Sometime tomorrow, former Microsoft project manager Jamen Shively will hold a press conference with former Mexico President Vicente Fox to announce plans for America's first (above-board) national marijuana company, as well as marijuana trade program with Mexico.
"We're going to mint more millionaires than Microsoft with this business," Shively apparently told The Seattle Times.
Reporter Bob Young has more:
[Shively]'s acquiring medical-marijuana dispensaries in Washington and Colorado, he said, and plans to become the leader in both the medical and adult-recreational pot markets. He sees the marijuana market as the only one of its size in which there does not exist a single established brand.
He and Fox plan to announce a proposal for regulating the trade of marijuana between the two countries, he said.
Some details of the trade agreement remain to be worked out, such as how to get around international rules forbidding legal pot, Shively admitted.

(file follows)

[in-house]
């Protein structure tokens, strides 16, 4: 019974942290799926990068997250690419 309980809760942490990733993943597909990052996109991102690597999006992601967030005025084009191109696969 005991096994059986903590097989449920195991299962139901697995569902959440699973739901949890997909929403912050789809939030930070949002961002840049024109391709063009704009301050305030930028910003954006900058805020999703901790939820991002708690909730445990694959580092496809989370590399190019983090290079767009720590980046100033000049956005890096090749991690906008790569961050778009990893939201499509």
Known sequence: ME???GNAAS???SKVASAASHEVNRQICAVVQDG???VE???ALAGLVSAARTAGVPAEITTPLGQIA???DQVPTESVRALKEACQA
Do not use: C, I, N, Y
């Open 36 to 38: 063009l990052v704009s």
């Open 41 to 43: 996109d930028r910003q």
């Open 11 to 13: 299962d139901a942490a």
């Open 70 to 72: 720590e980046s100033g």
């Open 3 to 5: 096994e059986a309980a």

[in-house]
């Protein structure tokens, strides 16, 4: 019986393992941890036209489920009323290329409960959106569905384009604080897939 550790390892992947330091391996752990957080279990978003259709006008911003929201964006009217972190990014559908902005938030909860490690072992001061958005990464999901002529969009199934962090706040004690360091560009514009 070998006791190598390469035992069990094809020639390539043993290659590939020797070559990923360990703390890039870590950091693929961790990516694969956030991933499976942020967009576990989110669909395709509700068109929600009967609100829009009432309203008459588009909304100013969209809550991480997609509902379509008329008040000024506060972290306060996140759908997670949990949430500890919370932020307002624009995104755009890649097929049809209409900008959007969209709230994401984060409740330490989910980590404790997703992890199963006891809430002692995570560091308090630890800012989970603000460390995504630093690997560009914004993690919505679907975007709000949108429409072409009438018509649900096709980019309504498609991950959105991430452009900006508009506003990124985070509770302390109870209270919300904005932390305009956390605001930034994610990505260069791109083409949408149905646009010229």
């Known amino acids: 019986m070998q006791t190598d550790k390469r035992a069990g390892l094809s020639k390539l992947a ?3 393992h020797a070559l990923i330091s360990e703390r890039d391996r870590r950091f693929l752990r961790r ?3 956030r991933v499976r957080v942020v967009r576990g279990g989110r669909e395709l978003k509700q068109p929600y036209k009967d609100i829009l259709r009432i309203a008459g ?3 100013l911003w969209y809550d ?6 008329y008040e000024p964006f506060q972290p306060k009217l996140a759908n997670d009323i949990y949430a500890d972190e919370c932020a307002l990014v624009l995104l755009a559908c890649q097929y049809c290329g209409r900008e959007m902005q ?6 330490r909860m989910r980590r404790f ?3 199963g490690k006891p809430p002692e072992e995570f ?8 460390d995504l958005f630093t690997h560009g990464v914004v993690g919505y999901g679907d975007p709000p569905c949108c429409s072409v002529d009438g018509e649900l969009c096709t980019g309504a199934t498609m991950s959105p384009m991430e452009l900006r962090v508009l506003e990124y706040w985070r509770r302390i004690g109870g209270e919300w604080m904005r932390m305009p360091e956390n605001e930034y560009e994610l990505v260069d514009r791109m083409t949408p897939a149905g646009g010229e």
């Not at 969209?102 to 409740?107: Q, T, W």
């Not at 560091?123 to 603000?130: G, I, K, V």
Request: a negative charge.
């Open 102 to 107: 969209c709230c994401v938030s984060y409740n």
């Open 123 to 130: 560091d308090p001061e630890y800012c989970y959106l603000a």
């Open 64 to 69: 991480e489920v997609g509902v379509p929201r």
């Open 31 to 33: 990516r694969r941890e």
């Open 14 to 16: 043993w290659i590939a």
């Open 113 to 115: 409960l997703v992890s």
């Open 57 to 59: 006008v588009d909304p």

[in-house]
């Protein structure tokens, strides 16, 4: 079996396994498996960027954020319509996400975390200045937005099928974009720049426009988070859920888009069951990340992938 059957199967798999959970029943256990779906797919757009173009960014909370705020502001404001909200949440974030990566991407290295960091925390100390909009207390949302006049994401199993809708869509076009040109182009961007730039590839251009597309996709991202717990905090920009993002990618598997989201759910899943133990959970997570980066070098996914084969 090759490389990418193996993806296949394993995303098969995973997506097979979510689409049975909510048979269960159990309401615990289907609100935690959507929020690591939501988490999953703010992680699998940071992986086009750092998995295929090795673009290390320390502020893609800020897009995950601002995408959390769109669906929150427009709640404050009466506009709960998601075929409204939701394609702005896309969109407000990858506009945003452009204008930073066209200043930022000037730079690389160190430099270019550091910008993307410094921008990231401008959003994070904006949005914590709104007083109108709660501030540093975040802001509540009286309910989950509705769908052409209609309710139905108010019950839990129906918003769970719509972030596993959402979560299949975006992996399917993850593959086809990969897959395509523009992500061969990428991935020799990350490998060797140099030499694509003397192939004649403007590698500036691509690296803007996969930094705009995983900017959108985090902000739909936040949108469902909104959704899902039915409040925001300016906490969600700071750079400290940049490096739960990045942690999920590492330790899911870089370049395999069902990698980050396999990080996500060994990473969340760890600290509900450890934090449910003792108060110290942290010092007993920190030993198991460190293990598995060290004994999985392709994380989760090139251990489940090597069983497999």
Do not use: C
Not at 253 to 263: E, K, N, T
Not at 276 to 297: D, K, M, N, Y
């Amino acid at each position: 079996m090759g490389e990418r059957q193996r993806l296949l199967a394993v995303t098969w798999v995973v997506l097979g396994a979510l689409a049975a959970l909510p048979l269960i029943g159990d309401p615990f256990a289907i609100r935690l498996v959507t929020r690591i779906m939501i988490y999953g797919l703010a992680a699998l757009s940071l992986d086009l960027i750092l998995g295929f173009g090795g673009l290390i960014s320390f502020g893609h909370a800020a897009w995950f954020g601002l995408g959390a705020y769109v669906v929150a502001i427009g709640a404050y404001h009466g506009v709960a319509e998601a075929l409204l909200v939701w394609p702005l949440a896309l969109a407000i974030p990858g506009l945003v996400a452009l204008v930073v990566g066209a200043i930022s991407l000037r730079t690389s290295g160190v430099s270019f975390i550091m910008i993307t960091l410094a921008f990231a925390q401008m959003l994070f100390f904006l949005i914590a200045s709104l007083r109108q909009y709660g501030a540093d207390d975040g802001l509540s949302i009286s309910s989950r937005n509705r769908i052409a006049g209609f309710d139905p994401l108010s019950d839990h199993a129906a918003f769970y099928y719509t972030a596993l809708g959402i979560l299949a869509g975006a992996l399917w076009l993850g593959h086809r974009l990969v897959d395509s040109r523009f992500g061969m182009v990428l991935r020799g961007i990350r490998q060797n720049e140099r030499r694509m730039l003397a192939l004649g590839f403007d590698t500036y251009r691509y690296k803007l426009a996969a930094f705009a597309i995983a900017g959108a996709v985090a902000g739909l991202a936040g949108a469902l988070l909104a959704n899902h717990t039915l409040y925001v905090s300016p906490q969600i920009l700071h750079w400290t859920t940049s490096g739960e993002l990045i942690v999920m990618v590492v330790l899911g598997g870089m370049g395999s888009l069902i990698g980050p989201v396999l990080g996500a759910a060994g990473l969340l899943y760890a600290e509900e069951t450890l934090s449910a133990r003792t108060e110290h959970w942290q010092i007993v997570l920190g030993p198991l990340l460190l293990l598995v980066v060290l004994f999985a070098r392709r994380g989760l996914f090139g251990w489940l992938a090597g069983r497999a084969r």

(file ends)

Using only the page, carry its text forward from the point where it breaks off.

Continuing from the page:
"I don't know how exactly that would be done, but I know it's been done in other industries," he said.
This isn't the first time Shively has shared his vision, but it seems he'll be getting more attention now that he has a plan. Unsurprisingly, the ACLU's Alison Holcomb, author of the ballot initiative that made marijuana legal in Washington state, is wary of Shively's plan:
"Having a national chain of marijuana-based companies is not only explicitly counter to the existing prohibition, but also counter to the government's expressed concern about business growing too large," said Holcomb, drug-policy director for the ACLU of Washington.
If she were Shively's attorney, Holcomb said, she'd advise him to read the so-called Cole memorandum from the U.S. Department of Justice. It "explicitly mentioned a concern with operations involving thousands of plants and millions of dollars" and is evidence of the federal concern with big pot businesses.
The feds will be a problem, yes. So will groups like Project SAM and National Families in Action, who claim that pot legalization will lead to tobacco-style targeting of teenage consumers. Shively definitely has his work cut out for him.